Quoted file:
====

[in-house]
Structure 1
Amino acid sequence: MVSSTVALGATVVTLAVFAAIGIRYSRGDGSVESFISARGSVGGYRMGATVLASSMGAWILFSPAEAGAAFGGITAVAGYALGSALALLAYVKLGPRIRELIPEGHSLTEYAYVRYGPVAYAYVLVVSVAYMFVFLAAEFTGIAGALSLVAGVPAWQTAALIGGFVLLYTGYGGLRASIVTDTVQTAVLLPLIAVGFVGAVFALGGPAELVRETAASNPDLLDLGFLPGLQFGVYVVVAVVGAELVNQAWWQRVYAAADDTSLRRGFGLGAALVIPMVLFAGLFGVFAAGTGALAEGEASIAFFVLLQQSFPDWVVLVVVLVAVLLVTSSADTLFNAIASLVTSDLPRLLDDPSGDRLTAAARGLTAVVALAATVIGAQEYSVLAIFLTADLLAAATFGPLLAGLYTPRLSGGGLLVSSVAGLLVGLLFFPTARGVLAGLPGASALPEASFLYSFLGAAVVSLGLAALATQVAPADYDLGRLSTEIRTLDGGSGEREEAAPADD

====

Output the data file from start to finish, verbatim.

[in-house]
Structure 1
Amino acid sequence: MVSSTVALGATVVTLAVFAAIGIRYSRGDGSVESFISARGSVGGYRMGATVLASSMGAWILFSPAEAGAAFGGITAVAGYALGSALALLAYVKLGPRIRELIPEGHSLTEYAYVRYGPVAYAYVLVVSVAYMFVFLAAEFTGIAGALSLVAGVPAWQTAALIGGFVLLYTGYGGLRASIVTDTVQTAVLLPLIAVGFVGAVFALGGPAELVRETAASNPDLLDLGFLPGLQFGVYVVVAVVGAELVNQAWWQRVYAAADDTSLRRGFGLGAALVIPMVLFAGLFGVFAAGTGALAEGEASIAFFVLLQQSFPDWVVLVVVLVAVLLVTSSADTLFNAIASLVTSDLPRLLDDPSGDRLTAAARGLTAVVALAATVIGAQEYSVLAIFLTADLLAAATFGPLLAGLYTPRLSGGGLLVSSVAGLLVGLLFFPTARGVLAGLPGASALPEASFLYSFLGAAVVSLGLAALATQVAPADYDLGRLSTEIRTLDGGSGEREEAAPADD